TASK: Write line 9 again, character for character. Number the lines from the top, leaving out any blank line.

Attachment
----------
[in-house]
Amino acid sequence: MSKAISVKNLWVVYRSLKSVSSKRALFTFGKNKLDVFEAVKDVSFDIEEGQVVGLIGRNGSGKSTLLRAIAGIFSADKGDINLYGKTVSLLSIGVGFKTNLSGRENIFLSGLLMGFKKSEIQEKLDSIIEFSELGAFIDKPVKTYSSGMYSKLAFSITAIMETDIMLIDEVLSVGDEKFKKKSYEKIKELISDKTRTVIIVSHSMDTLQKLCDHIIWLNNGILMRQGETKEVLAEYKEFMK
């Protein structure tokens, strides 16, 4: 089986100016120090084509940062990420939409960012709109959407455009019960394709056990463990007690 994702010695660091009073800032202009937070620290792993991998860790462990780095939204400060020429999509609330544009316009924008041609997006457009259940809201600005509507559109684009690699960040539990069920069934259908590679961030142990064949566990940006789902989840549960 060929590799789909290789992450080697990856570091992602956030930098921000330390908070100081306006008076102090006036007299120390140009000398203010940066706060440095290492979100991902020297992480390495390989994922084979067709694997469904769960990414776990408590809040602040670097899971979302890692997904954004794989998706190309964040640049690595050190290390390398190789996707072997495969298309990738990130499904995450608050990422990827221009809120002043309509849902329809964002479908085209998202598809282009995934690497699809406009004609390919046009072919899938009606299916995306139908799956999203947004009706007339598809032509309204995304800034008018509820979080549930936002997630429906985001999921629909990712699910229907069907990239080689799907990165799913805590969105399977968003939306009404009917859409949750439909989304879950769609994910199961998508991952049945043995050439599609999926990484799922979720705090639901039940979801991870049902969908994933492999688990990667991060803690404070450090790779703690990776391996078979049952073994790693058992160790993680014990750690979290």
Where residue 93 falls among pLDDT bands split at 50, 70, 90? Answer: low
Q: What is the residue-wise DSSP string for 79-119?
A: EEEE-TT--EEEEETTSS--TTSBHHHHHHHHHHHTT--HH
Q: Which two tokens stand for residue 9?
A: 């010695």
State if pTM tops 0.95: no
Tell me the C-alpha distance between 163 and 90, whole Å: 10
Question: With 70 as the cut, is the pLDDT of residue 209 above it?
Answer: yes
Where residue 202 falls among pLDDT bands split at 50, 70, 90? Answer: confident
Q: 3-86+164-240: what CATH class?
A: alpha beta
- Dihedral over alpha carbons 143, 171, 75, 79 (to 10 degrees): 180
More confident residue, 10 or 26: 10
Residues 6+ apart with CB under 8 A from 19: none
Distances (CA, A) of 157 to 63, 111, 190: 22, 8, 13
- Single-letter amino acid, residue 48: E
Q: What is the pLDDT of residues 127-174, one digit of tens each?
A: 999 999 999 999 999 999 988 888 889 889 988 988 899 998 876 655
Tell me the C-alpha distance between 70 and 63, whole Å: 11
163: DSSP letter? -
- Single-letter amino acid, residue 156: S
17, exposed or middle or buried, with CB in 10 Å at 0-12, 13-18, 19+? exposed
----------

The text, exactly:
State if pTM tops 0.95: no